The Blue Bird by Maurice Maeterlinck (1908)

A blue cover with the words: “THE BLUE BIRD” in the center.  Below this: “Revised January 1975.”  There is a signature on the cover, first name George, last name not legible.  Below that, upside down, is an address for Glen C Gordon. 1714 N [illegible], Hollywood, California.

In the late-nineteenth and early-twentieth centuries, Nobel-winning Belgian playwright Maurice Maeterlinck wrote a number of influential plays, poems, and essays. One such play was The Blue Bird, a story of two children who seek the "Blue Bird of Happiness" in an effort to escape the pain they see around them. The play was first staged in Moscow in 1908.  It was well-received and successful in its day and went on to be filmed a number of times throughout the 20th century, the first time in 1918 as a legendary silent movie by Maurice Tourneur.   In 1940, The Blue Bird was filmed again, this time with Shirley Temple in the lead role.  The film's producers hoped this version of the story would have a similar reception to The Wizard of Oz, which had been released the year before, but the film could not ultimately live up to that standard.  Decades later, in 1976, another version of the story was filmed, this time with a script by Hugh Whitemore, Alfred Hayes, and Aleksei Kapler.  The film boasted an all-star cast including Elizabeth Taylor, Jane Fonda, and Cecily Tyson.  This version of The Blue Bird was the first official co-production between the United States and the Soviet Union, and it was shot in Moscow and Leningrad.  Perhaps predictably, the combination of USA and USSR cast and crew was not a natural marriage of cultures, and the production was famed for its inefficiency and difficulty. The American and Soviet crews disagreed on filmmaking methods, and the Americans found the food and living conditions in the Soviet Union to be very challenging.  One actor, James Coco, had so much trouble with the food that he suffered a gall bladder attack and had to be replaced, while Elizabeth Taylor struggled with amoebic dysentery throughout the shoot.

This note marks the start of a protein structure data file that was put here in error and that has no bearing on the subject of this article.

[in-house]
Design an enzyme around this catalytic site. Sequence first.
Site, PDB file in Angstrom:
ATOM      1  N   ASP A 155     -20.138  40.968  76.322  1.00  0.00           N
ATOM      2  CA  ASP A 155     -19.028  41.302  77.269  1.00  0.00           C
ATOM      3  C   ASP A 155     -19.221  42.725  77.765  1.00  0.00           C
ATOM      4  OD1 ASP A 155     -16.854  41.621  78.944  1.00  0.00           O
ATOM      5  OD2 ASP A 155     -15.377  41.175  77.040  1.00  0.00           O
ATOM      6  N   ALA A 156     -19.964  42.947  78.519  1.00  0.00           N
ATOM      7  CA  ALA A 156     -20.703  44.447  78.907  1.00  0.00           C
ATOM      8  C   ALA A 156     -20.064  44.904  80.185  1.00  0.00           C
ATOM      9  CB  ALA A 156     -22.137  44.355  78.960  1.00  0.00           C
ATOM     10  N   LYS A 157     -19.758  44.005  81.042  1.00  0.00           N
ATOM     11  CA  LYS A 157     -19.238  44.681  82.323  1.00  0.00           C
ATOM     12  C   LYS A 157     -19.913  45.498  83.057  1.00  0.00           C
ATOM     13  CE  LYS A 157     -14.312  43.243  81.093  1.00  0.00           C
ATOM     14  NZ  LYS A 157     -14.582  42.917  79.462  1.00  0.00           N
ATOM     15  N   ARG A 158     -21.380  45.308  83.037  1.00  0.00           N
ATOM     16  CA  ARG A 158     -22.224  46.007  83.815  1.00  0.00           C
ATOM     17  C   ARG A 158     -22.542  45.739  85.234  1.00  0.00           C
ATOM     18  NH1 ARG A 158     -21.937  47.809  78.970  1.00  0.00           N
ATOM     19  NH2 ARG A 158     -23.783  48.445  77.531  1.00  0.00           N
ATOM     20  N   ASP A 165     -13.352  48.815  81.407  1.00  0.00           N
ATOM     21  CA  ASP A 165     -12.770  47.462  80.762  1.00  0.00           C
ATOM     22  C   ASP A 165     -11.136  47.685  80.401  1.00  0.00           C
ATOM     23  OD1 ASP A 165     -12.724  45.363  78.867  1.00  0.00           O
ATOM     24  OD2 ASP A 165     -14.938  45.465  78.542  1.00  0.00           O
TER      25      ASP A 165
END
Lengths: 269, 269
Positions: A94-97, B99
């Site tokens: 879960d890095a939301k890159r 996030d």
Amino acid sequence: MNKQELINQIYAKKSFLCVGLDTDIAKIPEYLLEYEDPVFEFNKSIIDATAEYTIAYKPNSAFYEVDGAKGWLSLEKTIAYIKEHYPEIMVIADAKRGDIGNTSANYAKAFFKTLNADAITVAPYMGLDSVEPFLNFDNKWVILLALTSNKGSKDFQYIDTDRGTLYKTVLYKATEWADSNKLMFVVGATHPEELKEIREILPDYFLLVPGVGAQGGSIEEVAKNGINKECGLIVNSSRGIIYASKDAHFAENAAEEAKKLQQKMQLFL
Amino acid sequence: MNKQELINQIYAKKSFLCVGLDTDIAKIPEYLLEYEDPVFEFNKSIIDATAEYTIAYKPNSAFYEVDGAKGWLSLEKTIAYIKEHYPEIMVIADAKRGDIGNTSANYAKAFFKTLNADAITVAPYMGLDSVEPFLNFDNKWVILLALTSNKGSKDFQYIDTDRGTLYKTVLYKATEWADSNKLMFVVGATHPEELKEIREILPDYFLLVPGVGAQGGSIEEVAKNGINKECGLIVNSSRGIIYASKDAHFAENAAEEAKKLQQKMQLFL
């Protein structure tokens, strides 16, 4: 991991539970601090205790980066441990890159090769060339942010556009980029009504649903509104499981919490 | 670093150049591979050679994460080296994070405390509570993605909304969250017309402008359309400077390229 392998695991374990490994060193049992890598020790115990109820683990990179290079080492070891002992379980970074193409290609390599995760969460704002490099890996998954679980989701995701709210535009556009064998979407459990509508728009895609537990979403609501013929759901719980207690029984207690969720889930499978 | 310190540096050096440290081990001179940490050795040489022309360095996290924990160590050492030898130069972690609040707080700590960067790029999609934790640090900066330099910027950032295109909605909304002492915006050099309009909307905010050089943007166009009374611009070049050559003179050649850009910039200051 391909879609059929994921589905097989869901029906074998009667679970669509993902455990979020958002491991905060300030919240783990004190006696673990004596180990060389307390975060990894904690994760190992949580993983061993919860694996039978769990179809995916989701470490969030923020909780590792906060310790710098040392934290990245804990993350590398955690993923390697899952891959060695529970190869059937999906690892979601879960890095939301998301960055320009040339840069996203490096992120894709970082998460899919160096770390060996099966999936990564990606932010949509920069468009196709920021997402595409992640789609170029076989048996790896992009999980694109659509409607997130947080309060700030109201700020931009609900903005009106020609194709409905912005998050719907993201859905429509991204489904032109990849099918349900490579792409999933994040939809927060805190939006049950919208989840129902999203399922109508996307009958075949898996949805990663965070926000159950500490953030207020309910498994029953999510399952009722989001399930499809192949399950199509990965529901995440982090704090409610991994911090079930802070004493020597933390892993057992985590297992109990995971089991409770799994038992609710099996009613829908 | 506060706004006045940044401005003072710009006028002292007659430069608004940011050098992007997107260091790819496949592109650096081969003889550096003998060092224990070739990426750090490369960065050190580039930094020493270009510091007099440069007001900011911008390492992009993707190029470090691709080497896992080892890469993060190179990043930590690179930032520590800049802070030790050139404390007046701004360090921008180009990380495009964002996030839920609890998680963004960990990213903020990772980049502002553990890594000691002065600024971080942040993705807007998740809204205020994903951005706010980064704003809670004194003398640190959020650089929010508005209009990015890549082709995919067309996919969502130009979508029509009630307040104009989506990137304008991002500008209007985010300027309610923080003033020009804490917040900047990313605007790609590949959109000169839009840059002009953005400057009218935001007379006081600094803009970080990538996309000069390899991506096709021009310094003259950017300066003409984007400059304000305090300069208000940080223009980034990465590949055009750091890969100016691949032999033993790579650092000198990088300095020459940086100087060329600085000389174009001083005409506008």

Among the Maurice Maeterlinck materials in the Patrick Mahoney Collection (M12), is a copy of Hugh Whitemore's The Blue Bird manuscript. The pages are marked with notes and changes throughout. Along with the manuscript is a "Call Sheet" from the film production, which shows dates and times for character preparation, filming, and a meal schedule. 

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Text by Andrew Rhodes, Special Collections Specialist.